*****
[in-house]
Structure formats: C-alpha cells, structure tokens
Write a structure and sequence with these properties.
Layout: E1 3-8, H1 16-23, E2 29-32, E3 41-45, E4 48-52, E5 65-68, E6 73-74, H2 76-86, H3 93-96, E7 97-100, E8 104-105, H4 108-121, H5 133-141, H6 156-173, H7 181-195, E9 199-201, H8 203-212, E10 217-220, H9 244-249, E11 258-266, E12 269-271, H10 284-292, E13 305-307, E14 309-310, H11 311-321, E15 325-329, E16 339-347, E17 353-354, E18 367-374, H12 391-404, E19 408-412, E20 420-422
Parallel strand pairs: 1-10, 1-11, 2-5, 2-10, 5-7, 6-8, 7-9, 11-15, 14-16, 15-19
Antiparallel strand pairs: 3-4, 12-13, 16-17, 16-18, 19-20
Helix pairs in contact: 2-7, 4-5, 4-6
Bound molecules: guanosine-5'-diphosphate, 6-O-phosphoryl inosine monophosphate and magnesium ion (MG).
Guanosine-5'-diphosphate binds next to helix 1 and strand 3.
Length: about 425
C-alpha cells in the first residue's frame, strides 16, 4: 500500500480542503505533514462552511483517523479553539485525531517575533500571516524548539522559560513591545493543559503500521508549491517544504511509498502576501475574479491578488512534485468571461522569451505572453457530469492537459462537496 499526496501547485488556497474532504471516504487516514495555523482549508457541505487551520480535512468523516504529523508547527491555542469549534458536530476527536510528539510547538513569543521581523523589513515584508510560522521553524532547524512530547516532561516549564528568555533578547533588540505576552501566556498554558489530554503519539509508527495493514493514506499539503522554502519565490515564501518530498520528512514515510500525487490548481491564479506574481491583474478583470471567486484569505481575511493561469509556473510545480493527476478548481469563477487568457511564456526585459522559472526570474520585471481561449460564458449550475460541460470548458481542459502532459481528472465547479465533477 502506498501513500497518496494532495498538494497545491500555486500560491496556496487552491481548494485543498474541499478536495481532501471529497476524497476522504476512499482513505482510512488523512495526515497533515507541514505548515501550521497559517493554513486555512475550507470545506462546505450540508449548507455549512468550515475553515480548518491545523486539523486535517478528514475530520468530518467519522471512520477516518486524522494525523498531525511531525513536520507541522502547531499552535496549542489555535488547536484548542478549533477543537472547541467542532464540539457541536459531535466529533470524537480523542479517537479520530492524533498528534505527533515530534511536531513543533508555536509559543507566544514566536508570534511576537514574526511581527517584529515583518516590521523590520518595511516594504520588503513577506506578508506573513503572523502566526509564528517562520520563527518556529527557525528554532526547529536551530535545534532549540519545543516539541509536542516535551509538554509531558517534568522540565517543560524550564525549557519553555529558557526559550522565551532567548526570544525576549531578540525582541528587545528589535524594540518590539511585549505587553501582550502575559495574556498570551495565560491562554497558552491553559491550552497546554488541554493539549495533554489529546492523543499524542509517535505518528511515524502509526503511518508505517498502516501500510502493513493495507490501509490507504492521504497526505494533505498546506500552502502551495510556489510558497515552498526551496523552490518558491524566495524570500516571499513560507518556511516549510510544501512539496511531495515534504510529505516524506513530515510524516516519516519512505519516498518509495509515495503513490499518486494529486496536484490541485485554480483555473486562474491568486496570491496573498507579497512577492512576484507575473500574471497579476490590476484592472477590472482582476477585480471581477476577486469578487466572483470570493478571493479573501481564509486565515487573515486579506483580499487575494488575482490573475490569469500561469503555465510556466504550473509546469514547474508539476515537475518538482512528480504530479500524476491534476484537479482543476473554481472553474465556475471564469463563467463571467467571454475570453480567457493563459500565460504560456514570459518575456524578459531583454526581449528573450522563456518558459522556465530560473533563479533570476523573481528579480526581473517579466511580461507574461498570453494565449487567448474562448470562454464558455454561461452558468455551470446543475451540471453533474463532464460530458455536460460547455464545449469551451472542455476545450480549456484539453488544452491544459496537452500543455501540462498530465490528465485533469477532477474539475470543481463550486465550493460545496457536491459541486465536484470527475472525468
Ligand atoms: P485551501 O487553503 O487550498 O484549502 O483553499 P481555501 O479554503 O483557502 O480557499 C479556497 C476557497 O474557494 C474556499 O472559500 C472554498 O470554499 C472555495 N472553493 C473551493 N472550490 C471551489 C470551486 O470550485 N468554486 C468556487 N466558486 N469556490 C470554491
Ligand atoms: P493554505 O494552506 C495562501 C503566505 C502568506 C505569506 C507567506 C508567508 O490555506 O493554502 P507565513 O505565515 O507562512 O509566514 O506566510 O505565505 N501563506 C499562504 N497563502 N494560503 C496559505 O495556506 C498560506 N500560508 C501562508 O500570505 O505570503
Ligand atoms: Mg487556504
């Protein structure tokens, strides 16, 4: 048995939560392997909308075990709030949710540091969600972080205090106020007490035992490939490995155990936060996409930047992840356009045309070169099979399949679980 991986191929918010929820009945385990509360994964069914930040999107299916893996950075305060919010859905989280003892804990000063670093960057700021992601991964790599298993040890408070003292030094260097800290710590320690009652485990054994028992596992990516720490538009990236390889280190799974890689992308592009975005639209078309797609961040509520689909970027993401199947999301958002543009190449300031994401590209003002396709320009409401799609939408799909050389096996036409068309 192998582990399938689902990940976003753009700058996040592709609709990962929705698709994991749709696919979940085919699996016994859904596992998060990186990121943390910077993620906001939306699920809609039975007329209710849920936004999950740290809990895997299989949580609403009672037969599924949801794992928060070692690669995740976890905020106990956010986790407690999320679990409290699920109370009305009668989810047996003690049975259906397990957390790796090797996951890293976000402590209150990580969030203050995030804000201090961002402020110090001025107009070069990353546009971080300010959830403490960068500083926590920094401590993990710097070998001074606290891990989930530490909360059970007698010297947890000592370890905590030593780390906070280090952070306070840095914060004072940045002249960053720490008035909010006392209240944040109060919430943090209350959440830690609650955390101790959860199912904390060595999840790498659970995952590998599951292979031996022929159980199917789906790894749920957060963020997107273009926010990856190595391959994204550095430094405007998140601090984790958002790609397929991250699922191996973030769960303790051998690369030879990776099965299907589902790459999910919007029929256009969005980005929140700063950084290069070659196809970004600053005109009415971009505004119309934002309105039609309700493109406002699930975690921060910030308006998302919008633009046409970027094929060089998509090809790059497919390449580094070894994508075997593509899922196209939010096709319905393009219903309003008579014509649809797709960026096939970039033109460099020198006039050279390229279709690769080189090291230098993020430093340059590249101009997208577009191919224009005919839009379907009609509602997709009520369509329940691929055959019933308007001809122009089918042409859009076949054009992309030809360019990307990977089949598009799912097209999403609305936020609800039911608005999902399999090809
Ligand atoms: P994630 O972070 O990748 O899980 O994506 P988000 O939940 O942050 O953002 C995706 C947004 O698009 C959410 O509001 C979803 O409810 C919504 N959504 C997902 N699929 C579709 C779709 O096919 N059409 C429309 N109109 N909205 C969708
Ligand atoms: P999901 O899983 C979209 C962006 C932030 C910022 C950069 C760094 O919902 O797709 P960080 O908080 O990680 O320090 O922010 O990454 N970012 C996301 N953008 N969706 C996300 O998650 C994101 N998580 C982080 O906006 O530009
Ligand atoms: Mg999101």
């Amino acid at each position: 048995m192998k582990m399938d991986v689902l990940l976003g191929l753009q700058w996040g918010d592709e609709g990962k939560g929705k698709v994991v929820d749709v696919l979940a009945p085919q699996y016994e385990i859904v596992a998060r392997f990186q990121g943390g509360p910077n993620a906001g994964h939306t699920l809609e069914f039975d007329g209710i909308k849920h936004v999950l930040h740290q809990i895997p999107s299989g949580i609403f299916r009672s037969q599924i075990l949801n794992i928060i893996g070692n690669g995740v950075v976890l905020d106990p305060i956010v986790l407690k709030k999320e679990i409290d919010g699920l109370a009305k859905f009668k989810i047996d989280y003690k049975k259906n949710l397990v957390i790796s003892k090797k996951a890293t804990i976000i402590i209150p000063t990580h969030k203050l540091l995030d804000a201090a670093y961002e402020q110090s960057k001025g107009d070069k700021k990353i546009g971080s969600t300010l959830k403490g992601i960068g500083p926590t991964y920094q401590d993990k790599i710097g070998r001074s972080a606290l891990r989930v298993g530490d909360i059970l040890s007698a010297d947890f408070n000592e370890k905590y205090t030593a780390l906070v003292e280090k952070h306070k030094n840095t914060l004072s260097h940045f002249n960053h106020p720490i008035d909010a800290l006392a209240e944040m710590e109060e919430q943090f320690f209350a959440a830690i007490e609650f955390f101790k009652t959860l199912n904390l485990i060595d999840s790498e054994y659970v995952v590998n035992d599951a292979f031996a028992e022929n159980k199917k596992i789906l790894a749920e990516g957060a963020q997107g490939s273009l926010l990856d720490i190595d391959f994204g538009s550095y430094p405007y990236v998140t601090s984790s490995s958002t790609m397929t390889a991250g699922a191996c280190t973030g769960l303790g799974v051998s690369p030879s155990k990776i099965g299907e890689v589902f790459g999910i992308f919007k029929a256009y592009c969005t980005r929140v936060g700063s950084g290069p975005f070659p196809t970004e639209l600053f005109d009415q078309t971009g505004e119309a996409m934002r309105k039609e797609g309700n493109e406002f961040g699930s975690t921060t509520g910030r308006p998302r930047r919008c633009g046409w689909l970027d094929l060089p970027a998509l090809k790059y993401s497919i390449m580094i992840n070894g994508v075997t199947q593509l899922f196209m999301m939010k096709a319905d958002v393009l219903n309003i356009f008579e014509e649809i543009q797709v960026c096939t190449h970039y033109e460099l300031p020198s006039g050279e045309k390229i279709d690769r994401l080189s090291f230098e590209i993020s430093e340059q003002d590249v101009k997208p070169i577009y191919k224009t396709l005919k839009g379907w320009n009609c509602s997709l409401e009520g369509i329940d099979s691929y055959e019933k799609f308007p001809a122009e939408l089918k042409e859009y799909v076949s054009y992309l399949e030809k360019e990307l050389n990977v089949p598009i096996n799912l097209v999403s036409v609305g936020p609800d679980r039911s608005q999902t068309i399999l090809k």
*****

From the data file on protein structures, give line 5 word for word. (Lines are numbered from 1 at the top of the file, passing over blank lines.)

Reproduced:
Parallel strand pairs: 1-10, 1-11, 2-5, 2-10, 5-7, 6-8, 7-9, 11-15, 14-16, 15-19